Mods please check the Moderators Group for an important update on Mod tools. If you do not have access to the group, please PM Niamh. Thanks!

Post pics of your watches Part II *Please NO QUOTING PHOTOS*

1828385878894

Comments

  • #2


    colm18 wrote: »

    I'm now the proud owner of "a mechanical watch that costs less than your shoes, and feels like it should cost less than your socks" :pac::pac::pac:

    Thanks Fitz! (I'll think of your immortal words every time I wear it :D )

    Looks like you need to wear that on your ankle, not your wrist. ;)


  • #2


    Fitz II wrote: »
    With thanks to Deep Thought of this parish. My first IWC, very different from what I usually wear.

    What have I done…..😟😟😟😢😢

    Have no fear I will have another after I visit the Masters..ðŸŒ️*♂️ðŸŒ️*♂️ðŸŒ️*♂️


  • #2


    attachment.php?attachmentid=556049&stc=1&d=1623866082

    Few enough were innocent in the past, few enough are innocent in the present, we just don’t know why yet.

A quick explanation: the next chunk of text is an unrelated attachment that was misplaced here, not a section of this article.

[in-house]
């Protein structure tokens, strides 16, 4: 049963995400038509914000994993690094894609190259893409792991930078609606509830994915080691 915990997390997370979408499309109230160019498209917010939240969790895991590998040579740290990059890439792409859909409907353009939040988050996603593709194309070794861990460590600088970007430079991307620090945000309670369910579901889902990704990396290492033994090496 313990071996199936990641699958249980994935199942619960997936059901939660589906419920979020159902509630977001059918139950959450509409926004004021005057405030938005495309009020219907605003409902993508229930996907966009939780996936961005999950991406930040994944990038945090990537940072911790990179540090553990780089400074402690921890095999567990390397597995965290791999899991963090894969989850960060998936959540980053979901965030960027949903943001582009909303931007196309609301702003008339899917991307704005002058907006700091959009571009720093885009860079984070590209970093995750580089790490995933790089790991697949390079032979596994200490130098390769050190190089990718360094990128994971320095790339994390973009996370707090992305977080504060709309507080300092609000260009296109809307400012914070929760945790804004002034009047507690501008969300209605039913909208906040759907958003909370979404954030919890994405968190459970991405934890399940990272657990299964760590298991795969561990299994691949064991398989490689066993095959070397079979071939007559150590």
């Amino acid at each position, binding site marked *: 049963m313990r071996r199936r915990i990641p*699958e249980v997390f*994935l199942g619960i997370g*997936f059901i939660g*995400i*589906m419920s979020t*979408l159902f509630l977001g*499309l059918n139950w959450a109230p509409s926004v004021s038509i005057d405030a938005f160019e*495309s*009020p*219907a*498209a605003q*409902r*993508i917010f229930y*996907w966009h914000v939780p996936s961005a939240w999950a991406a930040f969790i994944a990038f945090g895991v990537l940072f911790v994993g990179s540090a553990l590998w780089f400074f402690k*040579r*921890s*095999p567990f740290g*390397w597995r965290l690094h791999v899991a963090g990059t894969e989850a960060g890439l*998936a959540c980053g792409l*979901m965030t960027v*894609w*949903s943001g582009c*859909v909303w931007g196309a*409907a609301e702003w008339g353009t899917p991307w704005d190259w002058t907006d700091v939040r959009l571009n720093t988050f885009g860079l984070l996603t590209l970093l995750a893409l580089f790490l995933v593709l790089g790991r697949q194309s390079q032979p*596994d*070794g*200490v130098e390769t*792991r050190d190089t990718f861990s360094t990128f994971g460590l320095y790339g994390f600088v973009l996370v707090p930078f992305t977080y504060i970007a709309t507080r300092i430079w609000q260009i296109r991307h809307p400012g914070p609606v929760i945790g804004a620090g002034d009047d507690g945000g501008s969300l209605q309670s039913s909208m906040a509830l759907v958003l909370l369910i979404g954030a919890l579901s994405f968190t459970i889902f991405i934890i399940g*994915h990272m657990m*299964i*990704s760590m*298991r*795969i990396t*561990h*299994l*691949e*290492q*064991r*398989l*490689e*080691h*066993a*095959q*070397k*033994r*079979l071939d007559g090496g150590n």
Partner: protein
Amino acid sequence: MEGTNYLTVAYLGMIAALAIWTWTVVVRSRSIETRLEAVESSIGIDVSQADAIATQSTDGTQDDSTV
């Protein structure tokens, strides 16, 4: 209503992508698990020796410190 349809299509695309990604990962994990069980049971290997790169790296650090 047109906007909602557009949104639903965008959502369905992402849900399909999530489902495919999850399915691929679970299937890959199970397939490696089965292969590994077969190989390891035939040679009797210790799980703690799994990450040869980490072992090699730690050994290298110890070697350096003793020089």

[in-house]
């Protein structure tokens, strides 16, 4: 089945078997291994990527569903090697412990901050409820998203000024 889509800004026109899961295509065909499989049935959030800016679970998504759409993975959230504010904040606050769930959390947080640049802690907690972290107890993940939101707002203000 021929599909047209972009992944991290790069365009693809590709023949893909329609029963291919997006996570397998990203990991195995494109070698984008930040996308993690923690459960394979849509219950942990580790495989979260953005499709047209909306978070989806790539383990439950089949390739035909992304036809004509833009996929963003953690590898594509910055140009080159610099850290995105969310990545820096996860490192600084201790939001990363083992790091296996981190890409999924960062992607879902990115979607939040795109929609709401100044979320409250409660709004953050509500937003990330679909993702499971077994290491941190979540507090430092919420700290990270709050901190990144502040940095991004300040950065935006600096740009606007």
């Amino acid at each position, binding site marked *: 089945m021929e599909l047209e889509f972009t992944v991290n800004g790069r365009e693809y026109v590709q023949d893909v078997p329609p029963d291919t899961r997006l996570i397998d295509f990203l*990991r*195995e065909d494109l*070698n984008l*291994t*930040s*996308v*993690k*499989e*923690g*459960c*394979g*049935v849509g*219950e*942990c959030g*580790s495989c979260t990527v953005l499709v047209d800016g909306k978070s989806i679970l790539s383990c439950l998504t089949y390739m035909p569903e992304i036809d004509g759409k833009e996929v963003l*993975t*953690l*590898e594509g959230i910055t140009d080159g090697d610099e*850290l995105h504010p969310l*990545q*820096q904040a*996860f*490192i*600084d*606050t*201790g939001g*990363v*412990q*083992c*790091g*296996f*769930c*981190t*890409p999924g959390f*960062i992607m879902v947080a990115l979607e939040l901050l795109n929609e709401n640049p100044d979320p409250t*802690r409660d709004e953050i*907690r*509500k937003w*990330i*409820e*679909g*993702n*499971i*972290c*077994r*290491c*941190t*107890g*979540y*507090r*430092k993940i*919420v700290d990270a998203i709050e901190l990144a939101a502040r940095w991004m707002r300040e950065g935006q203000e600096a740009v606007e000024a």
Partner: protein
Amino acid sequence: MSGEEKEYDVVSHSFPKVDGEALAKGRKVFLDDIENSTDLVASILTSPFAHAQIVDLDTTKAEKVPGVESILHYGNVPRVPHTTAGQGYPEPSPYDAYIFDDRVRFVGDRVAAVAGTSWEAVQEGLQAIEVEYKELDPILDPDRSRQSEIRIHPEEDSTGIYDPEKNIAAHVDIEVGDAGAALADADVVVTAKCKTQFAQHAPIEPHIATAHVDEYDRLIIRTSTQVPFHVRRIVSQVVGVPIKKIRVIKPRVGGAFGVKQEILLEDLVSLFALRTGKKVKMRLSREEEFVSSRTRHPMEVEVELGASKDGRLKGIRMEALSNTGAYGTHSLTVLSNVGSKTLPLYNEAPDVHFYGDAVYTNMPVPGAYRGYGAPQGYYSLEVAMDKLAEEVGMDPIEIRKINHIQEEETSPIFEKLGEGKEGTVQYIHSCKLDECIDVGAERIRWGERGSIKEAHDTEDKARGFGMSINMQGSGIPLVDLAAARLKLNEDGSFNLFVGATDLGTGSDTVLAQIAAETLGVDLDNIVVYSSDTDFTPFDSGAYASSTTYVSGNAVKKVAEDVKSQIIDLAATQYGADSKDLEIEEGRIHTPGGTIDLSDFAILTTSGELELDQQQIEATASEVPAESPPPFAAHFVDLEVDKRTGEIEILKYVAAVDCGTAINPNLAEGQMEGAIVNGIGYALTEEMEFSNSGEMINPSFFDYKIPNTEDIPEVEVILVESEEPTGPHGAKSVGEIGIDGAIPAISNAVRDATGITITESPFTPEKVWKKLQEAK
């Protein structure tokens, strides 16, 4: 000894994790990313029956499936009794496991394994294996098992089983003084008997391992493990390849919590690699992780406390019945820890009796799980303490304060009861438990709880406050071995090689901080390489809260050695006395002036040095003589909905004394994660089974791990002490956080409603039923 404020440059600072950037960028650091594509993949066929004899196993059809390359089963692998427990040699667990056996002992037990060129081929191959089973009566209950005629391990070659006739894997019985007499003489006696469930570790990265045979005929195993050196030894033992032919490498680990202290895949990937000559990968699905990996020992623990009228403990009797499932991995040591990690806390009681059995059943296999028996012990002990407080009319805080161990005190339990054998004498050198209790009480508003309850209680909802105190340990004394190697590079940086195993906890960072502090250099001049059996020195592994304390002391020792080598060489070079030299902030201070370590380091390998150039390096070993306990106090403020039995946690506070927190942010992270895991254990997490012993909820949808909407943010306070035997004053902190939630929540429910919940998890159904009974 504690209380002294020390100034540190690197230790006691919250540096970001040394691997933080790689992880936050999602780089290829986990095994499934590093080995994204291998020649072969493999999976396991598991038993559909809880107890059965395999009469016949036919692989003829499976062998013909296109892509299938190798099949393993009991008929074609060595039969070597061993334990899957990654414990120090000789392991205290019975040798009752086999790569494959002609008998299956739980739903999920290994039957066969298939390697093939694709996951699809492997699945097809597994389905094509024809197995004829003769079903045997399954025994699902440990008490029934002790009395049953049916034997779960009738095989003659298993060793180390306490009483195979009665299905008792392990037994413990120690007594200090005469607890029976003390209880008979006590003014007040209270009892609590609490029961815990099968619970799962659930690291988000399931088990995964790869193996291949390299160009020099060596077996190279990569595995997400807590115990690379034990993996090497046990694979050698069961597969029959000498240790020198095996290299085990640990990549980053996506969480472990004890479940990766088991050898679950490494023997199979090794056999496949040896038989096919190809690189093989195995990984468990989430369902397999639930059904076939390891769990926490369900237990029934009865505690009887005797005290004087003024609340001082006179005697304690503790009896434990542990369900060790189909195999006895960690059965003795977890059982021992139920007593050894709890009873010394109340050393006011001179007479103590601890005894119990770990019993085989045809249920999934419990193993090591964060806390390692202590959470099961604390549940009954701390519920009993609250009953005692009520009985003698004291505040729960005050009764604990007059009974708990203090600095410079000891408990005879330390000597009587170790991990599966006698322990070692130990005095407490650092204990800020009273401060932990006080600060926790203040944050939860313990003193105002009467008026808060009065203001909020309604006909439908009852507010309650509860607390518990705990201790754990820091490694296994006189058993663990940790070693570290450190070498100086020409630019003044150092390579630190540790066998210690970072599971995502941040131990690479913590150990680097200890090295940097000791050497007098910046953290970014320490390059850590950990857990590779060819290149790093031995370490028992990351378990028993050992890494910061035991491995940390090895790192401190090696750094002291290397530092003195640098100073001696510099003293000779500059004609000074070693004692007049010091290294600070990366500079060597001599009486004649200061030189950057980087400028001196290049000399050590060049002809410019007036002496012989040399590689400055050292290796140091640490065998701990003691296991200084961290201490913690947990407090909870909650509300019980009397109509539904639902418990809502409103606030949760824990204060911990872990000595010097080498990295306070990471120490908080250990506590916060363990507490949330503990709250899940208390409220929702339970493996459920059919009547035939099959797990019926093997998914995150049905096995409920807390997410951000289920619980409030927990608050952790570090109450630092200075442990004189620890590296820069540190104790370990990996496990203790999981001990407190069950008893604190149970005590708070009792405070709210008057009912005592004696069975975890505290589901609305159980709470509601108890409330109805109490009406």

• #2


    ^ :) Been awhile since you posted my favorite Wibbs! Now I can relate to the hunt you went on tracking down that bracelet for it! :D


  • #2


    Wibbs wrote: »
    snippy snip snip

    I looked at that for 30 min and I went from wtf to I want that:)


  • #2


    :D:D

    Few enough were innocent in the past, few enough are innocent in the present, we just don’t know why yet.



  • #2


    I looked at that for 30 min and I went from wtf to I want that:)

    That's 70s quartz for you, it draws you in.

    Wibbs, what year is the Girard-Perregaux you posted.


  • #2


    njburke wrote: »
    Wibbs, what year is the Girard-Perregaux you posted.
    That one is from 73 NJ, as is this one, a similar model but with the blue dial and bracelet.

    attachment.php?attachmentid=556104&stc=1&d=1623910642

    They used to be easy enough to find and you'd have a few on ebay for a couple of hundred quid. These days they rarely seem to come up and are much pricier when they do. That blue one came from France originally, the other linen dial one from Argentina. That particular model was rare enough, maybe one out of six of the examples of that quartz series showing up. The rarest of all being the one with the "Tron" Motorola chip dial(fewer than a dozen known including GP's own museum example). I was looking for years before I finally sourced one of them.